Reason for the Decision

As set out in the Officer’s report.

 

Any Alternative Options Considered and Rejected

Not applicable.

 

Scrutiny Considerations

The Committee received a report from the Head of Finance. She referred members to page 72 of the agenda pack and asked members to note that the amount for treasury indicators for long term liabilities was extended at the last Strategy and Resources Scrutiny Committee in relation to borrowing for the Park Street development.

 

The Committee unanimously resolved to endorse the recommendations.

 

The Executive Councillor approved the recommendations.

 

Conflicts of Interest Declared by the Executive Councillor (and any Dispensations Granted)

No conflicts of interest were declared by the Executive Councillor.

 

 

 

Lead officer: Caroline Ryba


03/02/2020 - Budget Setting Report (General Fund) 2020/21 to 2023/24 ref: 5086    Recommendations Approved

a) To propose Revenue and Capital Budgets for all General Fund portfolios for the financial years 2020/21, (Estimate), 2021/22 and 2022/23 (Forecast).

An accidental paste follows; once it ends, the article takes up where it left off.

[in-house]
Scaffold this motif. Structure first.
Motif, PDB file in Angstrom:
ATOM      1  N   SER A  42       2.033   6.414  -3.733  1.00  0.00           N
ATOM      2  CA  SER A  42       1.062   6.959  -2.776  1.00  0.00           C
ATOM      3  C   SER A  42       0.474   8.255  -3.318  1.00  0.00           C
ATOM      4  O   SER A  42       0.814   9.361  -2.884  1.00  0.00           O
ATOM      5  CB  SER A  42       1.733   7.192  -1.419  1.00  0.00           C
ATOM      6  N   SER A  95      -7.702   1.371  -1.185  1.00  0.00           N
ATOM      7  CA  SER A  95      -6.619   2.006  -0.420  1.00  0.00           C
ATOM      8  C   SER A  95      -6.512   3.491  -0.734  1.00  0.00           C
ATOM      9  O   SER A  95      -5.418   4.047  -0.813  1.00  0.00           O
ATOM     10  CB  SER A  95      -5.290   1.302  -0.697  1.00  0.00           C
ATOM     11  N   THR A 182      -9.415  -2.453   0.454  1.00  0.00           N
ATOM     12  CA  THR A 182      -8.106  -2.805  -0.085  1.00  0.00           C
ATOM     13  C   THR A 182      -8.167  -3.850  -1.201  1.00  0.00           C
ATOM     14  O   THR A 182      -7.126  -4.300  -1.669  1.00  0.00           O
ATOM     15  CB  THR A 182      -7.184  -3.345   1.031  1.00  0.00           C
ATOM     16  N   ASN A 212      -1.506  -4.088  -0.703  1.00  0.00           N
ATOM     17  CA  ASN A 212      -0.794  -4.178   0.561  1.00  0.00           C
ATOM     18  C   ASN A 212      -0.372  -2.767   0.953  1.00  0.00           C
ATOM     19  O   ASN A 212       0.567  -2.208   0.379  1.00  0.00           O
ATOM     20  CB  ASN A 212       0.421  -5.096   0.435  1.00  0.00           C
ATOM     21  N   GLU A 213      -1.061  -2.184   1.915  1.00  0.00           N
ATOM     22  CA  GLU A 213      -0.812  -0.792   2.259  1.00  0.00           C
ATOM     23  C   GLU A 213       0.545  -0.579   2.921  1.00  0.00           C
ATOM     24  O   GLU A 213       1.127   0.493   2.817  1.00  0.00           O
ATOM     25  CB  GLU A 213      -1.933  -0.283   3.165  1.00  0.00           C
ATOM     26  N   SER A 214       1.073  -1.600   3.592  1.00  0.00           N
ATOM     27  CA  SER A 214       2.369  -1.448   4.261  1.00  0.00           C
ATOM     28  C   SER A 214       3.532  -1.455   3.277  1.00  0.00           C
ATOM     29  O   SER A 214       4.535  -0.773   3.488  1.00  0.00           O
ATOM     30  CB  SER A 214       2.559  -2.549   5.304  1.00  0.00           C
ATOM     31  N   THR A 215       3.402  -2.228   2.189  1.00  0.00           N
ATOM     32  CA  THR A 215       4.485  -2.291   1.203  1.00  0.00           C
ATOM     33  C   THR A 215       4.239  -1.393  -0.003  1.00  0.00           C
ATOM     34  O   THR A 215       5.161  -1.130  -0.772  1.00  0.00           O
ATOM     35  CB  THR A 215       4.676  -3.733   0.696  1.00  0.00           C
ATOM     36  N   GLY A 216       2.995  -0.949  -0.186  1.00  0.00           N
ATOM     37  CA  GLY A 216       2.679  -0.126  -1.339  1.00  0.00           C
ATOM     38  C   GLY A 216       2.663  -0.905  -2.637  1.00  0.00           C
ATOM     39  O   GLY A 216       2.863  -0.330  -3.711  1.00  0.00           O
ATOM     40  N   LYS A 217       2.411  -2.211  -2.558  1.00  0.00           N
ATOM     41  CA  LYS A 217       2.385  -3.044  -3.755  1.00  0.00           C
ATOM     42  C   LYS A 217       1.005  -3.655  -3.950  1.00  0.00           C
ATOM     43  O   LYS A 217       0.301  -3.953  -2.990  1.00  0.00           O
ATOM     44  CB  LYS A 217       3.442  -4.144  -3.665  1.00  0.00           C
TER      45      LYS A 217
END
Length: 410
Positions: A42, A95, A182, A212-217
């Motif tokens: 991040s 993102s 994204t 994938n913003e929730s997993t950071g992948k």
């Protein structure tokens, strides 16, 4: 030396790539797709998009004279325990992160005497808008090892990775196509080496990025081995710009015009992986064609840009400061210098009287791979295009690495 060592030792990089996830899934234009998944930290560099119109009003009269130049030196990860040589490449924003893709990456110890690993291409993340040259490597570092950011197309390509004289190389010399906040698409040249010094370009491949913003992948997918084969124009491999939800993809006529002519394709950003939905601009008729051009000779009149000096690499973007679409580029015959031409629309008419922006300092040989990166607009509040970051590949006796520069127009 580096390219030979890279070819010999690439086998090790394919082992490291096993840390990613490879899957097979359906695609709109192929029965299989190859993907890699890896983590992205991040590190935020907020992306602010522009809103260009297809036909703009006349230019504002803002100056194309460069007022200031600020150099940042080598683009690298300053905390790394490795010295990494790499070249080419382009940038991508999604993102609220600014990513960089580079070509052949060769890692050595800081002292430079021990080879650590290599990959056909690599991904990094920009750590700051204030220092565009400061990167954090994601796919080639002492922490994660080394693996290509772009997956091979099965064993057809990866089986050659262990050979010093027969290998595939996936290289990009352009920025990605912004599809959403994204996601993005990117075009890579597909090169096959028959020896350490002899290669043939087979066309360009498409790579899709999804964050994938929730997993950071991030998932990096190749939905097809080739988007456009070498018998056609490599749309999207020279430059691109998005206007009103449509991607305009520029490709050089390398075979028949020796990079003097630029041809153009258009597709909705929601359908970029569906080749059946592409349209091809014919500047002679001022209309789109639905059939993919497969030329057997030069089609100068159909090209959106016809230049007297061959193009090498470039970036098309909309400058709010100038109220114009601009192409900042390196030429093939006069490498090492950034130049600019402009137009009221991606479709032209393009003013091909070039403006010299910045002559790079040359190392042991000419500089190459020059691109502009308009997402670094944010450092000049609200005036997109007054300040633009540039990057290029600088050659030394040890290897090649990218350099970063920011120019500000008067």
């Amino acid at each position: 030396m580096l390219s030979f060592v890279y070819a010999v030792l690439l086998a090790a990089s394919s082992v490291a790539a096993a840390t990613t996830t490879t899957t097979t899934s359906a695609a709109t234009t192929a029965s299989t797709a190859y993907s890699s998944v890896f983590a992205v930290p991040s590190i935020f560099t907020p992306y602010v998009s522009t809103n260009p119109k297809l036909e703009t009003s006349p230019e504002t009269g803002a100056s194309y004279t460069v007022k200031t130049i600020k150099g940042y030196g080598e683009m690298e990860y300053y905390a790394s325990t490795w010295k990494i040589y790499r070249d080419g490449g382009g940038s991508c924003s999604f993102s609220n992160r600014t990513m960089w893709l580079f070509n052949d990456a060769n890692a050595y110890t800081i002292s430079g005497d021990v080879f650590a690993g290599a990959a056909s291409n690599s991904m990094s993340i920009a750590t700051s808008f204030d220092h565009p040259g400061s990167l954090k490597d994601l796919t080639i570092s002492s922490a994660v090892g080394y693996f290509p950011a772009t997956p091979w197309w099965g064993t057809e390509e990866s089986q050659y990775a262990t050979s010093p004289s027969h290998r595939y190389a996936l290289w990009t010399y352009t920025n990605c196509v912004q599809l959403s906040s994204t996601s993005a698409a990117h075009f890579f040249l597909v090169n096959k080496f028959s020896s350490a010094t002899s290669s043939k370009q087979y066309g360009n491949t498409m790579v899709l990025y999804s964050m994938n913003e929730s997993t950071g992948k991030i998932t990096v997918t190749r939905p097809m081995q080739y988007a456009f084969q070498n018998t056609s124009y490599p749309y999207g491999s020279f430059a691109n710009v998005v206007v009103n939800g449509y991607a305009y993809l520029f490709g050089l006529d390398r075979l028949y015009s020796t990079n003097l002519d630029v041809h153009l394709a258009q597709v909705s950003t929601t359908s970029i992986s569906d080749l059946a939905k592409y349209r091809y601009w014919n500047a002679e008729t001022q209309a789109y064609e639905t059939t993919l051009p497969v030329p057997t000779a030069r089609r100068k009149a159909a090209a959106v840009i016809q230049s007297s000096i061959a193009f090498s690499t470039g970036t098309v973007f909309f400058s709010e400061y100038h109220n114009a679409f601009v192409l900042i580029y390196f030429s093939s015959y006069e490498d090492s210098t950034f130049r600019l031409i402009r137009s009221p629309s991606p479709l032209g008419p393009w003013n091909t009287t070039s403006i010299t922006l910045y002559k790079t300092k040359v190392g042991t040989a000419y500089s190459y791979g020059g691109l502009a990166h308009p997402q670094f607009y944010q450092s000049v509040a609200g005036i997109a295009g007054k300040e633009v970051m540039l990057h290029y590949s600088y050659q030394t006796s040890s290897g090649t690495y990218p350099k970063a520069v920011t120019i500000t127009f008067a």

b) To recommend the level of Council Tax for 2020/21.

Decision Maker: Executive Councillor for Finance and Resources

Decision published: 02/04/2020

Effective from: 03/02/2020

Decision:

Recommendations of the Executive, which met on 3 February 2020, are set out in the Budget Setting Report which went to Strategy & Resources Scrutiny Committee on 3 February 2020 (version 1).

 

Unless otherwise specified, all references in the recommendations to Appendices, pages and sections relate to the Budget-Setting Report found via the Council agenda page:

 

https://democracy.cambridge.gov.uk/ieListDocuments.aspx?CId=116&MId=3602&Ver=4

 

Accordingly, Council is recommended to:

 

i.  Approve Revenue Pressures shown in Appendix C (b) and Savings shown in Appendix C (c) of the officer’s report.

ii.  Approve Non-Cash Limit items as shown in Appendix C (d) of officer’s report.

iii.  Agree there are no bids to be funded from External or Earmarked Funds (which would be included as Appendix C (e) of the officer’s report).

iv.  Approve delegation to the Chief Financial Officer (Head of Finance) of the calculation and determination of the Council Tax taxbase (including submission of the National Non-Domestic Rates Forecast Form, NNDR1, for each financial year) which will be set out in Appendix A (a) of the officer’s report.

v.  Approve the level of Council Tax for 2020/21 as set out in Appendix A (b)and Section 4 [page 16-17] of the BSR refers.